An independent hearing officer Monday dealt a major setback to Los Angeles’ effort to rein in public employee pension costs, concluding that elected officials violated labor law when they voted to roll back retirement benefits for new civilian workers without negotiating with labor leaders.
In a 28-page report, hearing officer Luella Nelson said the city’s Employee Relations Board should order the City Council to rescind its 2012 law, which scaled back pensions and hiked the retirement age of workers hired after July 1, 2013, creating a second tier of employees.
The changes in benefits, proposed by then-Mayor Antonio Villaraigosa and later backed by the council, were supposed to have saved the city up to $4.9 billion over 30 years. The Coalition of L.A. City Unions, which represents an estimated 20,000 employees, filed an unfair labor practices challenge, arguing that the change could not be imposed unilaterally.
The five-member Employee Relations Board takes up Nelson’s recommendation July 28. If it sides with the coalition, the pension reductions will be null and void for workers hired over the last year, union representatives said.
Monday’s report “affirms our position … that the city needed to negotiate with the unions that represented the affected employees —and that the failure to do so is consequential,” said Cheryl Parisi, the coalition’s chairwoman.
Rob Wilcox, spokesman for City Atty. Mike Feuer, said the city’s lawyers disagree with the hearing officer’s findings and would submit paperwork opposing them for the board to consider at its next meeting.
Public employee pension costs have created huge stress on the city’s budget in recent years. In departments supervised by the council, contributions for civilian employee retirement costs were expected to climb from $260 million in 2005 to $410 million in the fiscal year that starts July 1, according to City Administrative Officer Miguel Santana, the top budget official.
If the pension changes are struck down, Mayor Eric Garcetti and council members could find themselves negotiating reductions in pension costs at the same time they are also trying to reach salary agreements with an array of unions. Employment contracts with police officers, firefighters and the coalition were set to expire at midnight Monday.
Garcetti spokesman Jeff Millman had no comment, saying mayoral aides were still reviewing the hearing officer’s report. Councilman Paul Krekorian, who heads the council’s Budget and Finance Committee, also declined to discuss the findings.
A decision to strike down the changes in pension benefits is unlikely to have a major financial effect in the short term. Because the city is hiring only a limited number of new workers, budget officials expected savings in the first five years of only $30 million to $70 million. Savings were expected to grow significantly in the decades to follow.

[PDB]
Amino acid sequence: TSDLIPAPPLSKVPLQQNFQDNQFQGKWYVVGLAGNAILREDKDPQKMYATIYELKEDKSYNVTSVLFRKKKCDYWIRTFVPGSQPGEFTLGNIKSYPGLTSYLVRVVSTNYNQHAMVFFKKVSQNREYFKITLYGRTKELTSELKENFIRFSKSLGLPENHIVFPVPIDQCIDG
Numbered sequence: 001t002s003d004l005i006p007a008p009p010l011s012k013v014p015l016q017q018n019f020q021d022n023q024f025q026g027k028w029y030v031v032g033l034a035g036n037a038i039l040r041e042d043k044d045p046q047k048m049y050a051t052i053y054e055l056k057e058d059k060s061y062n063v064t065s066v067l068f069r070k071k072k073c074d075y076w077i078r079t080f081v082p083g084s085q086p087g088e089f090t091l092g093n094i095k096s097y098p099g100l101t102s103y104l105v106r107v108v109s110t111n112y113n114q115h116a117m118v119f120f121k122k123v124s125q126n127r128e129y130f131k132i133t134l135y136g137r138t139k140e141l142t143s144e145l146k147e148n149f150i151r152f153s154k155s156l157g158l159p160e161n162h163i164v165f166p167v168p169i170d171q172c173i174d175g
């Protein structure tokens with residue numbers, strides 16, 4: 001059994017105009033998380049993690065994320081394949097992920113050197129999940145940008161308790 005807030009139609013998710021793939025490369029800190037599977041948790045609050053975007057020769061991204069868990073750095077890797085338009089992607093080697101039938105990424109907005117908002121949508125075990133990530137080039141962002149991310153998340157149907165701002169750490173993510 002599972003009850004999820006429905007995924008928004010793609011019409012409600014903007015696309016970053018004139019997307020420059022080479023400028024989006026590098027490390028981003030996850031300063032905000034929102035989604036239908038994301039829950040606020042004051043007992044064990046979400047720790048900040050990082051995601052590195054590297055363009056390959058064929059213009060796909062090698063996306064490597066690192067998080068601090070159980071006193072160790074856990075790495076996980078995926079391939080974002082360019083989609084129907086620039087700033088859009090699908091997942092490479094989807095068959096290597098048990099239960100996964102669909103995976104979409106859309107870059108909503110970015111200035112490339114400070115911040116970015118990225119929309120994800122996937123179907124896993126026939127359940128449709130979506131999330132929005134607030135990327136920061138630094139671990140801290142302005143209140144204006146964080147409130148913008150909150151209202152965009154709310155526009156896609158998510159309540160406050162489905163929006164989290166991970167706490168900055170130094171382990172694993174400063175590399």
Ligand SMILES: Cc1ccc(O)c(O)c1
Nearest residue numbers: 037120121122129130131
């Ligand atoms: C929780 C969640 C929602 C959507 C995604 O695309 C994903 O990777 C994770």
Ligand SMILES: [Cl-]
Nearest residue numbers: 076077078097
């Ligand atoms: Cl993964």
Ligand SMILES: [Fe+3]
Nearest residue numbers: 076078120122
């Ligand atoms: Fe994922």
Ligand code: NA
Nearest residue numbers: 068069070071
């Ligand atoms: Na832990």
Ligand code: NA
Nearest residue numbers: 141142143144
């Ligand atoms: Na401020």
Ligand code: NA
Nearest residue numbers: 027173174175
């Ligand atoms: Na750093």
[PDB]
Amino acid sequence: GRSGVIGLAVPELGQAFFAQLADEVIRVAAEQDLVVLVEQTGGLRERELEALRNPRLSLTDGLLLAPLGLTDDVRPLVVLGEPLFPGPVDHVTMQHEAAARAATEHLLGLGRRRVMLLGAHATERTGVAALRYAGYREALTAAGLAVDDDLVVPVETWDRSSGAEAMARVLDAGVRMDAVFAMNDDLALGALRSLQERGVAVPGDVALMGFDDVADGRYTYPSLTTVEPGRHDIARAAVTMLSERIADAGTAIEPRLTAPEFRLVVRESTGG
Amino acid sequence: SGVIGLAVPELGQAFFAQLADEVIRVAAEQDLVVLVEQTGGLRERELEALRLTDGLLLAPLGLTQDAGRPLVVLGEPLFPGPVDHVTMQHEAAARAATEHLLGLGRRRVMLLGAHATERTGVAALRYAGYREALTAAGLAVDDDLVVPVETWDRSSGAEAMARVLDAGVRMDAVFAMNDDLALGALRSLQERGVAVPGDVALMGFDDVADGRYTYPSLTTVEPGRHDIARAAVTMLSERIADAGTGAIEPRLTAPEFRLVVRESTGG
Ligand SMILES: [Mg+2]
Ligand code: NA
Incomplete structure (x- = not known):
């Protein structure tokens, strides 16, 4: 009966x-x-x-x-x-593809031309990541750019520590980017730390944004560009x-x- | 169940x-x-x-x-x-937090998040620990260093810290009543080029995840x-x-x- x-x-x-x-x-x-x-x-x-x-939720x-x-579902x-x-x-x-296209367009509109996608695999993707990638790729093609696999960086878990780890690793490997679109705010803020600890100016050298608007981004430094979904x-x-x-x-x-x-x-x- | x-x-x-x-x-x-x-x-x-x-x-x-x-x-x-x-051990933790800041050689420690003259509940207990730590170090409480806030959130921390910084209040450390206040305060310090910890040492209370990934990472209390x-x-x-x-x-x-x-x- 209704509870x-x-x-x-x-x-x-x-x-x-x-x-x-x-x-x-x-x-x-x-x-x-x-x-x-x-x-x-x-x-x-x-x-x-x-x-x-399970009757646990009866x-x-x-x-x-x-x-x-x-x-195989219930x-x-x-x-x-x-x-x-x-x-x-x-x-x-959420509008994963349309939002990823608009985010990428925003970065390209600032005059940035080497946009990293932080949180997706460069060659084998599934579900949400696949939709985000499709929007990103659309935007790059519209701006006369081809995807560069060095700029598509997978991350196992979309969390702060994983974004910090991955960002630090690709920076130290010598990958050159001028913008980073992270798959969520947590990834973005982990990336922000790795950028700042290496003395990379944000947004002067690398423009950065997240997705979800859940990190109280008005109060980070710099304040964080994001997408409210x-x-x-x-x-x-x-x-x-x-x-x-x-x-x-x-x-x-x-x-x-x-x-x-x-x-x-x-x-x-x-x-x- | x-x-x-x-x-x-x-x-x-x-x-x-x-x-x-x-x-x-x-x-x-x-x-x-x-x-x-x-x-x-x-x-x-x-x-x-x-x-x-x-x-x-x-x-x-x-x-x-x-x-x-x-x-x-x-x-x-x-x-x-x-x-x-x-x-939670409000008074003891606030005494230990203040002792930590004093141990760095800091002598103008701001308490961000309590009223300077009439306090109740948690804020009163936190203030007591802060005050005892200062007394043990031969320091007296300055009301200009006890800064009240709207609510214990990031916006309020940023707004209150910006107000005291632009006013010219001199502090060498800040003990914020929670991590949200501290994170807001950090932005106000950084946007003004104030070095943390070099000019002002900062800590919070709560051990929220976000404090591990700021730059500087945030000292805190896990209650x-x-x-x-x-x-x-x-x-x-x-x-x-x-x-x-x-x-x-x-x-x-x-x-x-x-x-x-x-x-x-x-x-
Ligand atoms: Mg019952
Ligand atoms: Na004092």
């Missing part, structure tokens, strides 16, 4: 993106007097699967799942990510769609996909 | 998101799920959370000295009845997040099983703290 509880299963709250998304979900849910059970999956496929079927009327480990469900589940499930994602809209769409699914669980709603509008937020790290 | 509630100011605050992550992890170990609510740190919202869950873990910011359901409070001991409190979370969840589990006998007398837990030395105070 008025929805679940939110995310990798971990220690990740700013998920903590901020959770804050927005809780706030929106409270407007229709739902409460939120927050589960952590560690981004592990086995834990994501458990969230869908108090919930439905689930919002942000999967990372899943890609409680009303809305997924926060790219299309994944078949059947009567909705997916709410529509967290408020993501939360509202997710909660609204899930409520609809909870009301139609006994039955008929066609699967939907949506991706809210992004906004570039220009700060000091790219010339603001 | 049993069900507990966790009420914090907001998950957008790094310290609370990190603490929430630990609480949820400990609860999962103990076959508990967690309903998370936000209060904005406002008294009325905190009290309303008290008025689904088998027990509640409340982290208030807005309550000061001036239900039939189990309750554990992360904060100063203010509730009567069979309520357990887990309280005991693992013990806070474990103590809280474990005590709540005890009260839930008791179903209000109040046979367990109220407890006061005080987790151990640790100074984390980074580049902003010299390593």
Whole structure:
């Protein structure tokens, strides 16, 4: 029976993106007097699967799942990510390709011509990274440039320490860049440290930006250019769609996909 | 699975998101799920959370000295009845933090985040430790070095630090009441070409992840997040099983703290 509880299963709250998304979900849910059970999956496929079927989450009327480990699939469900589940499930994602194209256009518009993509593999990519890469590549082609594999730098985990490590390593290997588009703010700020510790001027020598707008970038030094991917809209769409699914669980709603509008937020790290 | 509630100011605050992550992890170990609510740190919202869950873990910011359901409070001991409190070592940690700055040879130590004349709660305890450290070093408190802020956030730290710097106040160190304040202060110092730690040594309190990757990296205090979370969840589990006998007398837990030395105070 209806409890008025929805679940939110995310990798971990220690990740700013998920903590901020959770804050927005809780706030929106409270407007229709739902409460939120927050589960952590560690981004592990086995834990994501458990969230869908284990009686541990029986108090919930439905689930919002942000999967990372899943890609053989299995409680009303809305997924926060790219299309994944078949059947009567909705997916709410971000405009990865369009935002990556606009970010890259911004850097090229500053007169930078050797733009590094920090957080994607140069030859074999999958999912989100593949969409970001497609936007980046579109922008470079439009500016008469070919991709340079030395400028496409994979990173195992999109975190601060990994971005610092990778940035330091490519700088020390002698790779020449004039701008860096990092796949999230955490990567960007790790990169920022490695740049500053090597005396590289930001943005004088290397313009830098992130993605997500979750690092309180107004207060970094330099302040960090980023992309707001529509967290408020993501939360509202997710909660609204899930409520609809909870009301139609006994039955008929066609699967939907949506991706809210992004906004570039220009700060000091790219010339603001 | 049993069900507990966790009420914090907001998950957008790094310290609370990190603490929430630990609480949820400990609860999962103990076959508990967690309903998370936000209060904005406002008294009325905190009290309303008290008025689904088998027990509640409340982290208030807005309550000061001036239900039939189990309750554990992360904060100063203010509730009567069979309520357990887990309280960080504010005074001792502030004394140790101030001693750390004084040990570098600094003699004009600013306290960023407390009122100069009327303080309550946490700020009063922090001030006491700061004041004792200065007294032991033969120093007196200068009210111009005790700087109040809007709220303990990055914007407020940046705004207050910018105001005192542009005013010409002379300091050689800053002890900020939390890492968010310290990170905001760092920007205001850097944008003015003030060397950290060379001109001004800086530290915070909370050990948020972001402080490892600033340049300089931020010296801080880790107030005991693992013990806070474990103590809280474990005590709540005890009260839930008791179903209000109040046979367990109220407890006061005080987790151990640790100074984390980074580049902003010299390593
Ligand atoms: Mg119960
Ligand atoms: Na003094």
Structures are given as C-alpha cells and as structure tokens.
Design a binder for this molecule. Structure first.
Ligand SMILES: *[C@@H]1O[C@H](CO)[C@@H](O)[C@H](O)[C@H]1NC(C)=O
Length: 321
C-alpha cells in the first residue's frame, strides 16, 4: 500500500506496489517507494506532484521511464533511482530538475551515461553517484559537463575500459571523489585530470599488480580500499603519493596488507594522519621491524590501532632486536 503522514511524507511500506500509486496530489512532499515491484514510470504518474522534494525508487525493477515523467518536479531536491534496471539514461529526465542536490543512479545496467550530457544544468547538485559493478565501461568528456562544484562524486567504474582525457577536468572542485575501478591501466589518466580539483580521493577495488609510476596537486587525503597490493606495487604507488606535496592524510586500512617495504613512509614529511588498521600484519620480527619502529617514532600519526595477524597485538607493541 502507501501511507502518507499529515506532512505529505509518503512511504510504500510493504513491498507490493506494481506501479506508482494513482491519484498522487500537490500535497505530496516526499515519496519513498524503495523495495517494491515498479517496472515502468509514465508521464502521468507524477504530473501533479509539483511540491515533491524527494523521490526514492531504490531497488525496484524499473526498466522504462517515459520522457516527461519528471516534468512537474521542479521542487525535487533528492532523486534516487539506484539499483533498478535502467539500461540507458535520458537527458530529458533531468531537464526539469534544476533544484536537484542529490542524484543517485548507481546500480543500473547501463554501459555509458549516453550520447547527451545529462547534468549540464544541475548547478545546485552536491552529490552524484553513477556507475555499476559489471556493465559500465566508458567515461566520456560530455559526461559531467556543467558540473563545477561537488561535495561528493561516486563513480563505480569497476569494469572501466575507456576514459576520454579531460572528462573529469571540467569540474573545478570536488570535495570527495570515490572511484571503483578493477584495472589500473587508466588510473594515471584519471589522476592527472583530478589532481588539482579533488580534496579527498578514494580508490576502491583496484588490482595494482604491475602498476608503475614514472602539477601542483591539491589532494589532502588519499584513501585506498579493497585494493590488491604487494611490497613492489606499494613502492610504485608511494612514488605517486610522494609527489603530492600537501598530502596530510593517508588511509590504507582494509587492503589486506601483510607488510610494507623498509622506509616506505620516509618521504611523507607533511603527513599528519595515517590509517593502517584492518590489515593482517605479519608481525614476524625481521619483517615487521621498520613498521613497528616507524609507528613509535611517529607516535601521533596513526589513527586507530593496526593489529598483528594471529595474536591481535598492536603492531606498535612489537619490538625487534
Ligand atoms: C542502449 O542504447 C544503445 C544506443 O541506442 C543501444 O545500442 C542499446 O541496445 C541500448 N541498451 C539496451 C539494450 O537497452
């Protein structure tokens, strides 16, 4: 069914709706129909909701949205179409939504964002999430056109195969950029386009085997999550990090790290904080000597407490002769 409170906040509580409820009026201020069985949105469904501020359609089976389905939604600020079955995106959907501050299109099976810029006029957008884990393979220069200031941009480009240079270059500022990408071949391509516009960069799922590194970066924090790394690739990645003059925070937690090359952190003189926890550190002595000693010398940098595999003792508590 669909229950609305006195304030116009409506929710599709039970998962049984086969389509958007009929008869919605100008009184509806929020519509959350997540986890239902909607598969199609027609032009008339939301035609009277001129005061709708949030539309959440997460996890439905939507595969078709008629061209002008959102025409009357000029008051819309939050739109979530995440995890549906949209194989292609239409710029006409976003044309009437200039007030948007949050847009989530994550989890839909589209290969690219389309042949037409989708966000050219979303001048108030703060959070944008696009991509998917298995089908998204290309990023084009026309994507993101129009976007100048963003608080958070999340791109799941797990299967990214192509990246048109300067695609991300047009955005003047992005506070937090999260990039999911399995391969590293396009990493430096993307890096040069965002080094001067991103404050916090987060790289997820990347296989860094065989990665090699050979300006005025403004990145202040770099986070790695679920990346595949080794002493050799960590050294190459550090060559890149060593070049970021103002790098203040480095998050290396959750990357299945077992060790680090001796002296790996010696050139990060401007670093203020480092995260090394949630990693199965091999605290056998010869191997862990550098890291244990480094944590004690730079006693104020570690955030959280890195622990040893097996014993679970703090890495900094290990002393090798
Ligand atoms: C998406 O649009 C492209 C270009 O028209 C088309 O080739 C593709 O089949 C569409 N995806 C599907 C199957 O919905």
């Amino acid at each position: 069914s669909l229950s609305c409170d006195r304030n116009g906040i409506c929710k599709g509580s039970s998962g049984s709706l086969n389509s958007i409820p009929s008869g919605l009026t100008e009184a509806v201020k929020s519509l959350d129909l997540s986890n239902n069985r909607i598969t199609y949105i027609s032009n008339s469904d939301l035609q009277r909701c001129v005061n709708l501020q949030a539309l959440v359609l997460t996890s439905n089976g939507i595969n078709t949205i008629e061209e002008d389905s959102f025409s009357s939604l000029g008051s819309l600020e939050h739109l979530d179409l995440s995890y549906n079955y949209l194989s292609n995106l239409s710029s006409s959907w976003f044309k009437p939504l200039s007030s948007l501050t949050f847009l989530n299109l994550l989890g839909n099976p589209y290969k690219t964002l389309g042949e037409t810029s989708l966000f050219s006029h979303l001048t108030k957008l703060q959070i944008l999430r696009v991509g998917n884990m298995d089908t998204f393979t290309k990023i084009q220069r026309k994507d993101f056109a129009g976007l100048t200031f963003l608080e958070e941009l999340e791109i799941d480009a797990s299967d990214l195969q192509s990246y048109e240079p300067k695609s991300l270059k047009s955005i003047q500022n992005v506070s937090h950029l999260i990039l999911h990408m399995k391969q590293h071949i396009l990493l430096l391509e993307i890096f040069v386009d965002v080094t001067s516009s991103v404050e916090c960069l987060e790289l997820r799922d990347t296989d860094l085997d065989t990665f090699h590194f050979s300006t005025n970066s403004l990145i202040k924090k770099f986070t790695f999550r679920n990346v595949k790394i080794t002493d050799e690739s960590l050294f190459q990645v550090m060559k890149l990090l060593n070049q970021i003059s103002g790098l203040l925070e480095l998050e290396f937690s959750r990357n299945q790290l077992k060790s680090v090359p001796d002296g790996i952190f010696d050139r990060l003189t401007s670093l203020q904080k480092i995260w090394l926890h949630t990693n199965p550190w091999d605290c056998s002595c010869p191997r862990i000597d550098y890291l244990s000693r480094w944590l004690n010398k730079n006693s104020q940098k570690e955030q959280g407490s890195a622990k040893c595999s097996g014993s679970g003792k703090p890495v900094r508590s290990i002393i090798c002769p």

Garcetti voted for the reduction in coalition pension benefits in September 2012 when he was still on the council. The council cast its vote just as former Mayor Richard Riordan was threatening to put a measure on the ballot to dramatically cut retirement benefits for existing city workers. That signature drive fizzled and the council’s changes went into effect the next year.
Months later, Garcetti’s opponent in the mayor’s race, former City Controller Wendy Greuel, argued that the pension changes should have been the subject of collective bargaining. At the time, Garcetti said he was relying on the advice of the city’s lawyers.
Coalition lawyers had argued that the mayor and council had a legal obligation to “meet and confer,” or sit down in good faith and negotiate. Attorneys for the city said the changes did not need to be negotiated because they affected only future employees, not existing ones.
Nelson initially recommended that the Employee Relations Board reject the coalition’s challenge last year, saying union leaders had waited too late to file it. The board rejected Nelson’s findings last month and, on a 3-2 vote, reinstated the union challenge.
On Monday, Nelson sided with the coalition on its larger argument. She said the city’s effort to draw a distinction between current and future employees had “crossed the thin line between ‘novel’ and ‘frivolous.’”
The coalition was not the only union targeted for reductions in pension benefits. In 2011, voters approved a ballot measure trimming some retirement benefits for new police officers and firefighters. Last year, the union that represents most Department of Water and Power employees ratified a contract that pares back pensions for newly hired workers.
In both of those cases, union leaders had signed off on the changes.